Why is a new operating system necessary?
Most of the popular operating systems today were originally built in the late 1980s or early 1990s at best. The landscape of hardware and devices back in the '80s was vastly different than today's device, especially in the mobile and embedded spaces. The design requirements of today's devices have drastically evolved in areas of power management, security, serviceability, and virtualization. Existing OSes have had work done to "bolt on" or patch up equivalent functionality, but the resulting architecture is at times awkward and bloated. By starting from a clean slate, Minoca OS is able to incorporate those core tenets into the very fabric of the operating system. The goal is to do a better job of capturing these tenets, and to do so in both a clean and lean manner.
How is Minoca OS different from other operating systems?
Though Minoca OS may appear at an application level only slightly different from Unix-based operating systems, the design and implementation serving these familiar interfaces couldn't be more different. The industry has learned a great deal over the years about what has worked and what hasn't, and we benefit from both hindsight and the ability to cherry-pick design elements. One of the most noticeable differences at the kernel level is the uniform driver model, which provides a maintainable interface between the kernel core and device drivers. This enables new scenarios in component updating and servicing that would previously require a complete recompile of the kernel environment. It also enables exciting possibilities in the realm of global system power management. Another very noticeable difference is our strong emphasis on the kernel development environment. Being able to step through code in the kernel, boot environment, and even firmware was something we felt was critical to quickly developing and maintaining kernel-quality code. The differences in design and implementation permeate throughout the code, and are far too numerous to answer in an FAQ.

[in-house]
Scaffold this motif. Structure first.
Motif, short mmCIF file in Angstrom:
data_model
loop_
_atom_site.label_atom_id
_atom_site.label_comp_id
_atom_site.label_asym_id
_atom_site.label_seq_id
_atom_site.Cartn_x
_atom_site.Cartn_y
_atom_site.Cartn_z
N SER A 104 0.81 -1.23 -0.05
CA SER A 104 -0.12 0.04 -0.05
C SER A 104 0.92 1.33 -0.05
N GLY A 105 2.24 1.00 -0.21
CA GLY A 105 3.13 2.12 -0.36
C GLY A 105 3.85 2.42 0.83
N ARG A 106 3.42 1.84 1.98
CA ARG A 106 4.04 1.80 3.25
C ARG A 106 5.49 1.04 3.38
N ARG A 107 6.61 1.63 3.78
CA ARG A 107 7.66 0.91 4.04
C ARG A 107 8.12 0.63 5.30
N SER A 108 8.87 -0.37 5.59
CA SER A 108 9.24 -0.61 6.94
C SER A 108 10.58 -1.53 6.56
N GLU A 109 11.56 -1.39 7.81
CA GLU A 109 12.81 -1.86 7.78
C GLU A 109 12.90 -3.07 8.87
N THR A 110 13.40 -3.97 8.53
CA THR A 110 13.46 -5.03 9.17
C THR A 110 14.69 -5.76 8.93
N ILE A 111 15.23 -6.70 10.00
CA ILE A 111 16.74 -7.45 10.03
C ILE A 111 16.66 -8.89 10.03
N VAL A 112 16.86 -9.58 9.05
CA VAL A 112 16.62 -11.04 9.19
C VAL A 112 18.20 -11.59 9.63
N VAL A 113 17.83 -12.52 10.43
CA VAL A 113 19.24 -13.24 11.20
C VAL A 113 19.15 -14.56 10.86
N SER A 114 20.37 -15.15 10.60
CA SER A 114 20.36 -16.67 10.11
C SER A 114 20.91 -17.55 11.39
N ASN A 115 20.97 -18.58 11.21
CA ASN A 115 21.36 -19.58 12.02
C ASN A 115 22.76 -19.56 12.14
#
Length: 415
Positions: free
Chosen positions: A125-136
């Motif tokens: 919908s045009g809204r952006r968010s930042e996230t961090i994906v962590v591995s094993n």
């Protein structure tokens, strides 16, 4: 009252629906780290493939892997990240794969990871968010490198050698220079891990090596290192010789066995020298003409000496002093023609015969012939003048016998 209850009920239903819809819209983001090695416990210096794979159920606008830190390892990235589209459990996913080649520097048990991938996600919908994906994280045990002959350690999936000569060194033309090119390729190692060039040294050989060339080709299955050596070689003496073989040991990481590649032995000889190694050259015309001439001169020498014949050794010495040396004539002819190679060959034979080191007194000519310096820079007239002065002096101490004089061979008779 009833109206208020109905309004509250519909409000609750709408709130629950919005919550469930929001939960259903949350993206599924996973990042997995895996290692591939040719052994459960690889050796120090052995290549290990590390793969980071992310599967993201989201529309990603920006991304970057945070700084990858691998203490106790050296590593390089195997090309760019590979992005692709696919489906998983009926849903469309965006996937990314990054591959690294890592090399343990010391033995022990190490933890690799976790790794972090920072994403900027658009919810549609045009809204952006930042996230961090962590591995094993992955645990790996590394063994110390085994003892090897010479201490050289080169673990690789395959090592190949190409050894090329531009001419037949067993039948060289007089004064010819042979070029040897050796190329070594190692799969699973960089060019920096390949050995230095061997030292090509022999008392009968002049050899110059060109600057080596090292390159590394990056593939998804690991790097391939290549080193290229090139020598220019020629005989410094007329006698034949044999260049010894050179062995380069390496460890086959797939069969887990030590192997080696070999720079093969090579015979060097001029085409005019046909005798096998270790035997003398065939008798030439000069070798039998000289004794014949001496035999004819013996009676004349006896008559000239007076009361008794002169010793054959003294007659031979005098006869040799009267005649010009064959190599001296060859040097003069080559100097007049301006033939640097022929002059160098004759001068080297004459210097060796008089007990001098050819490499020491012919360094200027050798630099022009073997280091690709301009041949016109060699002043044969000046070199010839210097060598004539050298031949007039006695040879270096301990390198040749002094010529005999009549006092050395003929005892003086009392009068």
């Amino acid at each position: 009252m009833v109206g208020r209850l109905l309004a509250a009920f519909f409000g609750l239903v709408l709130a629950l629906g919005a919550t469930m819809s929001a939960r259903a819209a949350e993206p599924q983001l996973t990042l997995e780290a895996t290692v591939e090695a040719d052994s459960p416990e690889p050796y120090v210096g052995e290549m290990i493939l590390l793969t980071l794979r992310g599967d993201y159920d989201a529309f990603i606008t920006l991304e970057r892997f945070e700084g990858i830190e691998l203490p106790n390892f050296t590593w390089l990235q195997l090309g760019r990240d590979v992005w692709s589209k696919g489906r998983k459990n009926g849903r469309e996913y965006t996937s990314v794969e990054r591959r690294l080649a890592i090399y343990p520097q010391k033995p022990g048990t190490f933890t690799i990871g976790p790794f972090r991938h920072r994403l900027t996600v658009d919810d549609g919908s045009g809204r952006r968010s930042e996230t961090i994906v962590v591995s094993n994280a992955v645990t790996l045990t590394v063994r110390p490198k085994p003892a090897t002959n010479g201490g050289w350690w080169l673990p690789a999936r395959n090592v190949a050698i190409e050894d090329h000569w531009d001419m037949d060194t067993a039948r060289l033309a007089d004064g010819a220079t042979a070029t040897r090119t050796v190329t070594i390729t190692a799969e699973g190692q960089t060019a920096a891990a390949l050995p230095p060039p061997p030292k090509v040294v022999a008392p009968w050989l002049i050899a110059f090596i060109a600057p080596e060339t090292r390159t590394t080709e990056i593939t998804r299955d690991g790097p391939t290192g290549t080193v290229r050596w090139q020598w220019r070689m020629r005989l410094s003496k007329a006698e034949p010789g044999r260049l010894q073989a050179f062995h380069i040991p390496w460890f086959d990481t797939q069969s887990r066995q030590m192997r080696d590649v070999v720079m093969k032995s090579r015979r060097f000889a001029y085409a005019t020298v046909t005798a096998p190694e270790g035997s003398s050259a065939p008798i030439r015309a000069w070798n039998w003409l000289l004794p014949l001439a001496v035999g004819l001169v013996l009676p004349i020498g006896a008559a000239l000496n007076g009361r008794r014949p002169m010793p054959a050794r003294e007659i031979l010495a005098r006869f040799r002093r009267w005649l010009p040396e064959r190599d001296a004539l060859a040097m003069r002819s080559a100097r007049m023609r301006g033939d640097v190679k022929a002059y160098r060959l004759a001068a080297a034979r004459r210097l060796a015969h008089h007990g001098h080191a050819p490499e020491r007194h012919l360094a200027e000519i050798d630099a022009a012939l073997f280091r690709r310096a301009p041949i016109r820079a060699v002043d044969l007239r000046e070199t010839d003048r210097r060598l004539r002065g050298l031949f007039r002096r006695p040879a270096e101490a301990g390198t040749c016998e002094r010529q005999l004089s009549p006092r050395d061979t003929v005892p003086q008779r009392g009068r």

How big is the OS?
Given the level of customization possible in the OS, that's a difficult question to answer. As of this writing (April 2014), the x86 kernel is about 750 kilobytes. This does not include any drivers, some of which are basically essential for booting certain platforms. A freshly booted system sitting at a command prompt with USB, Networking, and a 1024x768 video frame buffer enabled uses somewhere between 5-7MB of RAM.